On September 17, 1993, Dunlop notified Allen that he was terminated for "failing to make proper effort to perform [his] assigned job, exaggerating [his] degree of alleged disability, and malingering." In November, a "grievance meeting" was held between Dunlop and Allen's union. As a result of this meeting, Allen was supposedly "reinstated" at Dunlop and was paid sickness and accident benefits of $275 a week for one year through an insurance policy. At Dunlop's request, in June 1994 Allen saw Dr. Keith Anderson, who agreed with Dr. Bacon's limitations (except for the eight-hour-shift limitation), stating that although Allen was experiencing pain he could work a 12-hour shift with no squatting, climbing, or kneeling, and with no stair climbing for two months. Dr. Anderson stated that the goal would be to put Allen back to work to see if he functioned well; if so, Dunlop could increase his work activities. Allen claims that while there were jobs at Dunlop that he could have performed, such as clerical positions, Dunlop never again allowed him to return to work. Dunlop argues that Allen failed to return to work because there were no jobs that conformed to his physical limitations.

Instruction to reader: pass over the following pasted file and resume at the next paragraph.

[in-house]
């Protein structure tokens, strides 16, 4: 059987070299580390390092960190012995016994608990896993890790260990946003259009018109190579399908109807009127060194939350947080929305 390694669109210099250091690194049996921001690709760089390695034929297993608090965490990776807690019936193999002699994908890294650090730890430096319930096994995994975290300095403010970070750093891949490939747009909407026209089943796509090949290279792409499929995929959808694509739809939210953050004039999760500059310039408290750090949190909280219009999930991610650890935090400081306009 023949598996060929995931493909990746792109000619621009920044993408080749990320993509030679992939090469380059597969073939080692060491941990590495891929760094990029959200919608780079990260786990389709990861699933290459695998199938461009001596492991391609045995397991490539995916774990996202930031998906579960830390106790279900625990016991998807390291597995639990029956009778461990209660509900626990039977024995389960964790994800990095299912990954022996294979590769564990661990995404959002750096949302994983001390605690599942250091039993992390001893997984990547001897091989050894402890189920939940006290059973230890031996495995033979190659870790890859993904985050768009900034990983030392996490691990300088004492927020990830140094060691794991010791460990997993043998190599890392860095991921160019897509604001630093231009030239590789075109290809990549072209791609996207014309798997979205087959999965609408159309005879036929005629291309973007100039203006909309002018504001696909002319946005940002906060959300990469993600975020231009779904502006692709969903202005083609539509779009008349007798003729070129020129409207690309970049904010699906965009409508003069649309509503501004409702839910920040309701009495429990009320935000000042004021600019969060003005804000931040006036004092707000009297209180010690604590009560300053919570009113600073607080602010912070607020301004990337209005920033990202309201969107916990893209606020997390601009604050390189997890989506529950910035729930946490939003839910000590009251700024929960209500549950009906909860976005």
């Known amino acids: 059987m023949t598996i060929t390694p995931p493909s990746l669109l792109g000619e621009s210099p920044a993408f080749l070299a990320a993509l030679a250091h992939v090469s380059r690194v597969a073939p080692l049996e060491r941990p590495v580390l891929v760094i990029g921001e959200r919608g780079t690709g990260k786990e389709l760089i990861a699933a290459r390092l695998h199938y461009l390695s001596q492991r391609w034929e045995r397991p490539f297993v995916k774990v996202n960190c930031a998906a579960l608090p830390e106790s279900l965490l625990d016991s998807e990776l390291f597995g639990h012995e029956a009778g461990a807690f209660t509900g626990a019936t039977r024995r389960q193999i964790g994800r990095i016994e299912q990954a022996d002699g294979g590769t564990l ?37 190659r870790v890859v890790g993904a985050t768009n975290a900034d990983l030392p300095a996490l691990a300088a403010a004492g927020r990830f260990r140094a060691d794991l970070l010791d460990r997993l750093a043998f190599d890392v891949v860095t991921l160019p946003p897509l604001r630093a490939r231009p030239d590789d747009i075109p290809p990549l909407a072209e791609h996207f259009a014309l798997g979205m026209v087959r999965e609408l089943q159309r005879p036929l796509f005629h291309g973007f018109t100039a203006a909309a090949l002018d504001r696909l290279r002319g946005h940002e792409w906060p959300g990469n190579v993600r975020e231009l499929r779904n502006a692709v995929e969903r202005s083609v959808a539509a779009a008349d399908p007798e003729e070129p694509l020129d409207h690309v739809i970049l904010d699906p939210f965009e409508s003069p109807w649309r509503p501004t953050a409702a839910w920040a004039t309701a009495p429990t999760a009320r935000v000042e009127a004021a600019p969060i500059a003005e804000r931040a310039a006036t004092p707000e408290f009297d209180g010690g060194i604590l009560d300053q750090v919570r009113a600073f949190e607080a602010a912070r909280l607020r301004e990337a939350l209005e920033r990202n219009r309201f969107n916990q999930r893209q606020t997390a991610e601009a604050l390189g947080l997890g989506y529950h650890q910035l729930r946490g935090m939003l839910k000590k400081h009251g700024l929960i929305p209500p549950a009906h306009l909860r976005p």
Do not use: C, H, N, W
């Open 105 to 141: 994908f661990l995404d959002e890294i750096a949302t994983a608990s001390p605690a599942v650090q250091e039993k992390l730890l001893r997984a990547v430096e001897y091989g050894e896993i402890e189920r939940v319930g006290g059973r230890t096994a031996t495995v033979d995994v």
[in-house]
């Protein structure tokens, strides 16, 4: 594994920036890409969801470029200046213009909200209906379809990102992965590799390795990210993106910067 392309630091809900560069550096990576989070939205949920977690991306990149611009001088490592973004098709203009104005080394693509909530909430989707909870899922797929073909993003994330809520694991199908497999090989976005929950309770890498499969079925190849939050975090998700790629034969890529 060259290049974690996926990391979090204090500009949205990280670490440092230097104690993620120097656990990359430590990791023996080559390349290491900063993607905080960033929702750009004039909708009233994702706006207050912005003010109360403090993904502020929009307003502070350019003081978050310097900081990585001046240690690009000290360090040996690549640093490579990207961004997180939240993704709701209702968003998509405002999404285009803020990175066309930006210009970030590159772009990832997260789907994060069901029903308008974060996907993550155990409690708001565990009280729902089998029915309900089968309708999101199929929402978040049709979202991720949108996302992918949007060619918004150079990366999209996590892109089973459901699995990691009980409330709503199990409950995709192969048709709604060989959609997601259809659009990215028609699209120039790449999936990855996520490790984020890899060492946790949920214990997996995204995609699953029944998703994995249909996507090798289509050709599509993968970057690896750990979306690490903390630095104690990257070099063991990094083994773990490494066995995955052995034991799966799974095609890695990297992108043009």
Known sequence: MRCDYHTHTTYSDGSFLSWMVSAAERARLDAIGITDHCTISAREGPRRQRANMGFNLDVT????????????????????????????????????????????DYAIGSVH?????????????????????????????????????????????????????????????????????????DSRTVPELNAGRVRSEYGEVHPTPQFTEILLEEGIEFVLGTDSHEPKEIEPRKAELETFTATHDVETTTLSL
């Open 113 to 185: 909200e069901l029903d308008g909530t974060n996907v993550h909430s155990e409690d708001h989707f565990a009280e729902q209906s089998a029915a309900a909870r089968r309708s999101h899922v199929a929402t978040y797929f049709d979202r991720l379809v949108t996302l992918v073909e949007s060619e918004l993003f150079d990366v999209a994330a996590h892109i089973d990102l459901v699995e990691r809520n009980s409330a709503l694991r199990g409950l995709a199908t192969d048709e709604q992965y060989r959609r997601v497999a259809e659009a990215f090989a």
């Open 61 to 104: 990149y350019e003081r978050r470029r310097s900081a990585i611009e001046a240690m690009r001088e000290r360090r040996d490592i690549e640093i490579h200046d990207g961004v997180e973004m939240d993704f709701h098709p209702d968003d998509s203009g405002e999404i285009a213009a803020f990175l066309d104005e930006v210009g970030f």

The first question is whether Allen presented substantial evidence from which a jury could conclude that he was terminated because he sought to recover workers' compensation benefits. Twilley, supra. We find that Allen did meet this burden. He presented substantial evidence to support his claim of retaliatory discharge, by presenting evidence of circumstances suggesting that the termination came in response to his having sought workers' compensation benefits.